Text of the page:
Microsoft and Sun working together!? What next? “Human sacrifice, dogs and cats living together, mass hysteria”!?
Of course, Microsoft Corp. and Sun Microsystems Inc., who have a long history of hating each others guts, are not likely to work together for long. I think there were two major, short-term motivations that led the pair to resolve their legal and intellectual-property issues with Microsoft paying Sun a cool $1.6 billion.
The first is that Microsoft needs to get out of legal hot water. While the Department of Justice antitrust trial remedies have amounted to almost nothing in the United States, the European Commission shows every sign of getting ready to hammer Microsoft, and Microsoft hopes this deal will lessen the blow.
As for Sun, its Business 101: They need the money. Even with the $1.6 billion, Sun announced yet another big loss of between $750 million and $810 million for its last quarter and laid off 3,300 more people, amounting to 9 percent of its work force. Sun is one sick company.
Sun, it seems to me, has decided that the cure is not Linux or open source. Instead, Sun hopes to find its answers in getting closer to Microsoft. I know, I know, its like hearing someone say that blacker isnt that much grayer than white, but there you go.
You see, Microsoft and Sun do have two things in common. Linux and open source are eating their lunch, and theyre not sure what to do about it. Of course, Sun is the company thats really feeling that pain now. Sun is losing SPARC and Solaris customers every day to AMD/Intel and Linux providers. But Microsoft didnt become Microsoft by underestimating the competition.
Sun, which has one foot in the open-source community with its Linux-based Java Desktop System (JDS) and OpenOffice, simply doesnt trust Linux or open source for their profits. Why they dont, since their old plans arent working, is beyond me. So it is that Sun goes back and forth on open source and, for the moment, its leaning toward proprietary methods, even if that means cooperating with Microsoft.
I dont see how this move will help Sun in the long run. Sun and Microsoft have too much bad blood between them to ever really work together.
Help against Linux
Frankly, what does Microsoft have to gain from a strong Sun, anyway? Help against Linux? From the company that produces the most important rivals, StarOffice and OpenOffice, to Microsoft Office? I dont think so! For Microsoft, making nice with Sun is a pure short-term move. Even if Scott McNealy can resist attacking Microsoft, you know that Microsoft will eventually move against Sun.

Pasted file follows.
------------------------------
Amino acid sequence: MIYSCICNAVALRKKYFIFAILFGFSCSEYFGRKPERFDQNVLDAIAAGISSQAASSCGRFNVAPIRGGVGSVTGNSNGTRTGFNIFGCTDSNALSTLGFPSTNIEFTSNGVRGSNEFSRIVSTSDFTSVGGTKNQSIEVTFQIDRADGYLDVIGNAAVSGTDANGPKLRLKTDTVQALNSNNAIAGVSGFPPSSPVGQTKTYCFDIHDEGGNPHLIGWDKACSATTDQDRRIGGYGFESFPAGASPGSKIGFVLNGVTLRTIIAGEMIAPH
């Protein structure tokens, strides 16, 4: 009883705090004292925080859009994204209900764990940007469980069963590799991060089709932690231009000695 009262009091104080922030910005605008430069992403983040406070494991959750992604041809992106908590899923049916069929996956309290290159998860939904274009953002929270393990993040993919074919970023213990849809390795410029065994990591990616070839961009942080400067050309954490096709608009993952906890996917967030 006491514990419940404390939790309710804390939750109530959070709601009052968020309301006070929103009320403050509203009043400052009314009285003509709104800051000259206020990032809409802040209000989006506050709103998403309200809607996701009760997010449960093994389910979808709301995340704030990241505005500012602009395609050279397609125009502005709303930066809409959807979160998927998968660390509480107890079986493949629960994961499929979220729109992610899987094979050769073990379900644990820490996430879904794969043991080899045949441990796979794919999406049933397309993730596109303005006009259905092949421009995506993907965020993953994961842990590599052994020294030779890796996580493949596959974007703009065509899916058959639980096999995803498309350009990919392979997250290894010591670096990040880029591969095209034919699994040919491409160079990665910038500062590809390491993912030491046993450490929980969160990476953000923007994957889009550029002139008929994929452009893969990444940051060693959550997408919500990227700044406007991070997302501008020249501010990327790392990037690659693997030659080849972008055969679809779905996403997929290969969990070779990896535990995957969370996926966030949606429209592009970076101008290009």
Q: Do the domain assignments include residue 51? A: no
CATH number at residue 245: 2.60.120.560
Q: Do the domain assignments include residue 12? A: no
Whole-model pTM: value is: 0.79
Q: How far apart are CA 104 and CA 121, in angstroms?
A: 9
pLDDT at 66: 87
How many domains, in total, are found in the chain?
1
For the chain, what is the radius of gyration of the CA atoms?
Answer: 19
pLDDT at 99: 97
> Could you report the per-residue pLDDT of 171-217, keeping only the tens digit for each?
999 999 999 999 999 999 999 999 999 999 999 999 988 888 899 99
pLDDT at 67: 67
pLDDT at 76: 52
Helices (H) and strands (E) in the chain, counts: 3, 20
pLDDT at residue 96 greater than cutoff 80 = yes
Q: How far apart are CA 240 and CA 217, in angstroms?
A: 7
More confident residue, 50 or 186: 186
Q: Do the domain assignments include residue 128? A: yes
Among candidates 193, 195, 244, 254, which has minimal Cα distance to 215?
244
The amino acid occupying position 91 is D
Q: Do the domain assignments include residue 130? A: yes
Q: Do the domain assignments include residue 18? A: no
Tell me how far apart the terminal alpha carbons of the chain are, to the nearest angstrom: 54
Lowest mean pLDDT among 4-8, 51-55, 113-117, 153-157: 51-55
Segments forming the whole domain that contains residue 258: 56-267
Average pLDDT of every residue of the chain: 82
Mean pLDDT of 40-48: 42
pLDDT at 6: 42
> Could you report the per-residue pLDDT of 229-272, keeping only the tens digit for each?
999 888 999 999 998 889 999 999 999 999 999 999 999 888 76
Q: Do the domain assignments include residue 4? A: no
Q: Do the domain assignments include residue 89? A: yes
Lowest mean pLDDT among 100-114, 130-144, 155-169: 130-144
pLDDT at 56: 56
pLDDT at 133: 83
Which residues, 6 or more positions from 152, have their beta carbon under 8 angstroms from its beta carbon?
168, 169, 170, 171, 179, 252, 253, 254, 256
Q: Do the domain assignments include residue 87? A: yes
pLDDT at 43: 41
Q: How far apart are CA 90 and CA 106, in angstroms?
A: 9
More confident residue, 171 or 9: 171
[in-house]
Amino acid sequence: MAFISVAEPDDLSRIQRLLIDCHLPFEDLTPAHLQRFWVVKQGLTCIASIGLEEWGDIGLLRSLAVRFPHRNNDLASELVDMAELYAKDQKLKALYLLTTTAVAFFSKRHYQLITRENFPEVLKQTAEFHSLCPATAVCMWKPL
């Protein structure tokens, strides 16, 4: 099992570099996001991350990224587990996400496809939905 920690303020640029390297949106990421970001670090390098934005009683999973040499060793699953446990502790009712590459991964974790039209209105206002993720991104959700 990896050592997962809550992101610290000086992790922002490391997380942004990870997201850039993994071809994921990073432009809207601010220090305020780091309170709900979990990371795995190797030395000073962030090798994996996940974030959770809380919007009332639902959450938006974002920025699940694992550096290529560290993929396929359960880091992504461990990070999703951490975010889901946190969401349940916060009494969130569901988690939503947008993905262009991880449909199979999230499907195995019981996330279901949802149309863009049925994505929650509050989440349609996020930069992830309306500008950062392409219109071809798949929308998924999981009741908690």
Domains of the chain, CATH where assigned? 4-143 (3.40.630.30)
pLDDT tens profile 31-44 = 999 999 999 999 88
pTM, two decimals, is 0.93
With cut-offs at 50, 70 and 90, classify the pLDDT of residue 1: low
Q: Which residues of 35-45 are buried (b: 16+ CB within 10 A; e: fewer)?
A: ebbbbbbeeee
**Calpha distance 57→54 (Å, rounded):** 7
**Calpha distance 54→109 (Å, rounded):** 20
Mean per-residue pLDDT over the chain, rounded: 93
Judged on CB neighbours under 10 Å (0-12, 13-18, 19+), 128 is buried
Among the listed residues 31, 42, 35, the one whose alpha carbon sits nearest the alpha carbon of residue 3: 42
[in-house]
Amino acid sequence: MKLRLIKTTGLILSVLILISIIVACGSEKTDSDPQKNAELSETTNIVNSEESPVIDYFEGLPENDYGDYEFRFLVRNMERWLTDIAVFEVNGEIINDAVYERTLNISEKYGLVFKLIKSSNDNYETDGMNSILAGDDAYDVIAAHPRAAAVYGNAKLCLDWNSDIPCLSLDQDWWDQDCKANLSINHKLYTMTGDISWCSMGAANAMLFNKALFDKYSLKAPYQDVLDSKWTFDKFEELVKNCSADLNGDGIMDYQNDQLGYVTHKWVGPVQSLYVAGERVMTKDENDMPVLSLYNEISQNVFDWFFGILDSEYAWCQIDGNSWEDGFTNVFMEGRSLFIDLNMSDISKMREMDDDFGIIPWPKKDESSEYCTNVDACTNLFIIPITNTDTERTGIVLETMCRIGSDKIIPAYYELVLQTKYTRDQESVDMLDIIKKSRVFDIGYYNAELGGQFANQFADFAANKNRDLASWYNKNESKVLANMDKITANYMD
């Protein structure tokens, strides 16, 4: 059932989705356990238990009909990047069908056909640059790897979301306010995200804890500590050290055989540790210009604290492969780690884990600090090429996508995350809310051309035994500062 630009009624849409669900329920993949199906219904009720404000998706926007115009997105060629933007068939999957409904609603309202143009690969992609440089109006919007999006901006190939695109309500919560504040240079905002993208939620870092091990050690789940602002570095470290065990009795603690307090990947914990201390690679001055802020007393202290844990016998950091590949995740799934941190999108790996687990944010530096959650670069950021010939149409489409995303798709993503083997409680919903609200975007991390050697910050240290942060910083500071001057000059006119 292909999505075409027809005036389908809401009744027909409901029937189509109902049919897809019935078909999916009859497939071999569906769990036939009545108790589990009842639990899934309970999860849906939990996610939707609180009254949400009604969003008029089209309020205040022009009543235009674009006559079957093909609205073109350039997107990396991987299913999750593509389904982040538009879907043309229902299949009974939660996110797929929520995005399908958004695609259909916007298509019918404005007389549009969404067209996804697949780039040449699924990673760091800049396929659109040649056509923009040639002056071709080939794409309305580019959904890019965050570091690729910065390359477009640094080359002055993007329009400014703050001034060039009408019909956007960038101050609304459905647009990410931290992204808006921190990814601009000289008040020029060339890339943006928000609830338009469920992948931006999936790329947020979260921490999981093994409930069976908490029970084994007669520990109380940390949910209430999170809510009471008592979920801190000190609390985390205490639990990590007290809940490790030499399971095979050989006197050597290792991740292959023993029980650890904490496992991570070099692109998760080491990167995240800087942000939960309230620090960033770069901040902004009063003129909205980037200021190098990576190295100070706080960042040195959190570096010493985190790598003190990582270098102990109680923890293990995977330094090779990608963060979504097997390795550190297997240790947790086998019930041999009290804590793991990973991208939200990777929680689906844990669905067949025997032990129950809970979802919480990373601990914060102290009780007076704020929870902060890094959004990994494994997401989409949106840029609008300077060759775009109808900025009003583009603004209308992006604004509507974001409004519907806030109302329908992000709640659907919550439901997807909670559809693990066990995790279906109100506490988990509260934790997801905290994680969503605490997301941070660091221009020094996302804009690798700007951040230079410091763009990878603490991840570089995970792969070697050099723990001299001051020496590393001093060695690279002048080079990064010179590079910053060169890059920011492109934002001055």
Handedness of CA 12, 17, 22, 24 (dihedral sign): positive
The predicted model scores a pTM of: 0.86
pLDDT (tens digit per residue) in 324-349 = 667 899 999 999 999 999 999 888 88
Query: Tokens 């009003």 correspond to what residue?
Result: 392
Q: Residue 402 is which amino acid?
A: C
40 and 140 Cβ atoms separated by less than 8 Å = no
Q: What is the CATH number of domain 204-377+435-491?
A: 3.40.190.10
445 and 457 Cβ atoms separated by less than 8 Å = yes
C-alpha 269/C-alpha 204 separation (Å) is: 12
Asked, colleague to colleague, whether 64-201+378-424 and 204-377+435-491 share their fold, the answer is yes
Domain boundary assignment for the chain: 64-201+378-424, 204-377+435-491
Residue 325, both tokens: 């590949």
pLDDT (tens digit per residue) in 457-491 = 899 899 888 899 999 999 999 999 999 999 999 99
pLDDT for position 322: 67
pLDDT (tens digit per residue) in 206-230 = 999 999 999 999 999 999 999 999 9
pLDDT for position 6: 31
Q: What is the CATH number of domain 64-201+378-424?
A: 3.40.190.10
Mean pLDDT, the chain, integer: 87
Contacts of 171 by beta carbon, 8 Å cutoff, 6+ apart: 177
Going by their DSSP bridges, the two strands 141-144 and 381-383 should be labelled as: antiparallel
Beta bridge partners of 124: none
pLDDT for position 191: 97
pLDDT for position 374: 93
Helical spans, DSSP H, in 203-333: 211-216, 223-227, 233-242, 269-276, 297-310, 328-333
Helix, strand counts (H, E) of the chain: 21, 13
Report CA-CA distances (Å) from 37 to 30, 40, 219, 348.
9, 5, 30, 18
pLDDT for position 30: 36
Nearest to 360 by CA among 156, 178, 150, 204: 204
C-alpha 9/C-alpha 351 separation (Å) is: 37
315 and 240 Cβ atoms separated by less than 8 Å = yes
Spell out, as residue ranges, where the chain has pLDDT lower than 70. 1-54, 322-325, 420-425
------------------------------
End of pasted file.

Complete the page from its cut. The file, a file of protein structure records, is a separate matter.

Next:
Its a pity. I thought that Sun might finally be learning that open source and Linux could provide a way out of their obsolete, proprietary-oriented business plan. I was wrong.
For example, I had hoped that Sun was going to seriously think about open-sourcing Java. I wont bore you with the reasons why I thought that was a good idea, because its simply not going to happen now.
JavaLobby founder Rick Ross asks in a recent column, where is Java in this settlement? Well, while we dont know the details, I think we already know the answer. Rich Green, Suns vice president of developer platforms and a noted Java advocate, recently resigned from Sun, and the two companies are now working on making Java and .Net work better together. Put those facts together, and it certainly sounds to me like, one, Java as a standalone language is being put on the back burner, and two, there is no way on Earth that Java will go open source now.
I also dont see any way on Earth that this move will work for Suns long-term benefit. Maybe the move largely is a play against Linux and its corporate supporters: HP, Novell and IBM. But in the end, Sun, not Linux and open sources real supporters, will be the one that loses.
If Sun really wants to thrive in the future, it should be looking to Novells ongoing transformation into a Linux powerhouse as its model. For example, I think the best thing Sun could do with its Microsoft money is to buy out Red Hat. Its in Linux, not in proprietary plans, that Suns rosiest future lies.
eWEEK.com Linux & Open Source Center Editor Steven J. Vaughan-Nichols has been using and writing about operating systems since the late 80s and thinks he may just have learned something about them along the way.